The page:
When dapper hotel magnate Ray Hunter arrives in Rome to finalize the purchase of the Regent Hotel, he is met by a throng of reporters and the dignified Maria Martelli, who is in the service of the Regent’s owner, Countess Alzani. After flirting with Maria during the drive, Ray arrives at the countess’ mansion, where the elder matron immediately accuses the “bachelor with ten thousand bedrooms” of running his hotels like “assembly lines.” After Ray assures her that he will retain her current employees, the countess closes the deal. During the drive back to the city, Maria mocks Ray about his “buying game.” Instead of rebuking her, Ray appreciates her frankness, causing Maria to apologize by offering to be his translator that afternoon during staff introductions. When Maria stops briefly at her home, Ray meets Maria’s youngest sister, the eighteen-year-old Nina, and her father Papa Vittorio. With her father accompanying her on piano, Nina sings Ray a romantic Italian number, brazenly flirting with the bachelor. Ray shows off his own musical talent singing the same song in English. Later, after a tour of the luxurious hotel, Ray invites Maria to dinner and whisks her onto the dance floor, where he serenades her. Soon after, Maria’s suitor Anton, an impoverished Polish count and sculptor, joins them at their table and lavishes attention on Maria, who, he explains, is a sculptor with whom he shares his studio. After a disappointed Ray hastily leaves the couple, Anton insinuates that contact with the millionaire will help his own career. At the hotel, Ray’s pilot Mike Clark notices sexy Nina, who works as the hotel stenographer, and is immediately smitten after a brief flirtation. Later in the evening, Nina attempts to seduce Ray in his room under the guise of offering dictation services. Succumbing to the young woman’s advances, Ray takes her on a flying tour over Rome that evening, where he sings to her. Swooning from his attentions and the champagne, Nina falls into Ray’s arms insisting that she wants to marry him. Ray returns with Nina to the Martelli home that evening to ask for her father’s consent. Papa refuses, scolds Nina for her reckless behavior and explains to Ray that family tradition dictates that all the older sisters must marry before Nina is allowed to wed. Later, when Nina announces her engagement to Maria and sings a few bars of Ray’s serenade, Maria bitterly comments that the fickle man has a “limited musical repertoire.” Determined to overcome her father’s objection, Ray calls company associates Tom Crandall and Bob Dudley in the United States and orders them to fly to Rome under the pretense of important business. Wanting to set a romantic tone for Tom and Bob’s introduction to the remaining Martelli sisters, Diana and Anna, Ray requests that a grand party be held the following evening at the hotel. Meanwhile, Mike requests Nina’s services in his room and dictates an autobiographical letter as a romantic ploy, but she shuns him. Now needing to marry off only Maria, Ray visits Anton’s studio, where he buys an abstract sculpture for cash and commissions more for his hotels. Hours later, Anton excitedly reports his sales to Maria and proposes, but Maria refuses him, then goes to the hotel to tell Ray that she disapproves of his “instant marriages.” Ray graciously apologizes, which prompts Maria to offer to dissuade her father from following the outdated family tradition. Ray is so overjoyed that he kisses her, leaving Maria speechless. Meanwhile, when the relentless Mike finds Nina at nearby café and professes his love, Nina reluctantly admits that she has feelings for him. At the party that night, Ray’s plan appears to be working when he spots Bob and Tom happily dancing with Diana and Anna. When he discovers Maria has left early, Ray finds her at the studio, where she tells him that she resents his commissions as a way of buying her a husband and attaining Nina for himself. Although he admits his mistake, Maria continues to berate him. Ray impulsively embraces and kisses her, causing Maria to flee. Back at the party, Mike, knowing that Nina has yet to break up with Ray, drowns his disappointment with martinis and sends Nina away when she approaches him. In the ballroom, Papa, with a little encouragement from the romantic countess, announces Ray and Nina’s engagement to the crowd. Much later in his hotel room, Ray admits to his valet Arthur that he is engaged to the wrong woman. When Arthur suggests they leave town, Ray complains that millionaires are not free from social constraints. Arthur chides that the “poor unhappy millionaire” should give his problems to his valet. Meanwhile, a despondent and confused Maria finally agrees to marry Anton. Early the next morning, after Bob and Tom announce to Ray that they have proposed to Diana and Anna, Anton reveals that Maria has accepted his proposal. Soon after, Mike reports that he is quitting because of his love for Ray’s fiancée. Ray, sensing that the competition might resolve his dilemma, urges Mike to fight for Nina’s hand. At the Martelli house, Anton, Bob and Tom parade into Papa’s kitchen to ask for his daughters’ hands in marriage. When Mike shows up moments later for Nina’s hand, Papa demands an explanation from his daughters. While the women battle out the misunderstanding in Italian, Ray takes advantage of Anton’s greed, offering him a job in Bombay that requires that he be bachelor, which Anton eagerly accepts. Days later the four sisters are married, Maria to Ray, Nina to Mike, Bob and Tom to Diana and Anna, while the countess and Papa debate on who finally decided to marry whom. +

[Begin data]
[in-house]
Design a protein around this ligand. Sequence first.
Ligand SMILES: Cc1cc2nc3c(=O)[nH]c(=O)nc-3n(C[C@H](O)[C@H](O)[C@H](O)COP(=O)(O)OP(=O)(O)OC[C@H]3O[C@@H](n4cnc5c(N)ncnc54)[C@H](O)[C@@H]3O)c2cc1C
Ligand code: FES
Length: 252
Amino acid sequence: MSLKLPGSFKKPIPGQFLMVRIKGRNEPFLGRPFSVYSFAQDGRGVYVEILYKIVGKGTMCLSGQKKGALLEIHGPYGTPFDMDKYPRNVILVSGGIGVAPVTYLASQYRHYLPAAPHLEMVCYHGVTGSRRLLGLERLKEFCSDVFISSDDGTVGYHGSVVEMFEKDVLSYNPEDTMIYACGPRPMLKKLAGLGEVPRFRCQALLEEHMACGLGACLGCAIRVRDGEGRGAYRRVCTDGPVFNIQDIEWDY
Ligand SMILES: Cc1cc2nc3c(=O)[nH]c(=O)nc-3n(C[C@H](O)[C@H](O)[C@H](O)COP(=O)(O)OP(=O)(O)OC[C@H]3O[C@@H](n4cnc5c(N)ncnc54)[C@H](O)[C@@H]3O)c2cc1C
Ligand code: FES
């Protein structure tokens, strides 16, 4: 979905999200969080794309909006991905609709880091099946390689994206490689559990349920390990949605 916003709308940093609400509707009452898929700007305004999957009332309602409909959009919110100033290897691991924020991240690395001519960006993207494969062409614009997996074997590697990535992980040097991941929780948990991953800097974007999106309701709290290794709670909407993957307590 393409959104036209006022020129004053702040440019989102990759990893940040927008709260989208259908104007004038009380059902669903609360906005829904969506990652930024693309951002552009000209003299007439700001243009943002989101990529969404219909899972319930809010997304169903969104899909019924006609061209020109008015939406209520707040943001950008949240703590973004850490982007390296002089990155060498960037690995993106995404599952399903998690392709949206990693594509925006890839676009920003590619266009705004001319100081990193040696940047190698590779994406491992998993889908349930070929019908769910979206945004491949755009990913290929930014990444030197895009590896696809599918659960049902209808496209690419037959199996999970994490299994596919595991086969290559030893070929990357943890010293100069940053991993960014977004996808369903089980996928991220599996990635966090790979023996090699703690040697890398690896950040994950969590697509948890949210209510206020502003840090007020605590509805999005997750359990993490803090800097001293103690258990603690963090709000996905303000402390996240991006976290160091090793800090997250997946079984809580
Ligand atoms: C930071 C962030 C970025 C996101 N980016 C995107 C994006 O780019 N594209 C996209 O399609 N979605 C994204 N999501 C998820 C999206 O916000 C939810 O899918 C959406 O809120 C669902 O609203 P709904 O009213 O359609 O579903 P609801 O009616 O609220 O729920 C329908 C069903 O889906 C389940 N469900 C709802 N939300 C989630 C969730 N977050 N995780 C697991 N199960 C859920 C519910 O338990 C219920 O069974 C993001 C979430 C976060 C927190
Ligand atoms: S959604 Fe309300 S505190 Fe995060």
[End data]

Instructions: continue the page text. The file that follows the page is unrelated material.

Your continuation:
Legend
Viewed by AFI
Partially Viewed
Offscreen Credit
Name Occurs Before Title
AFI Life Achievement Award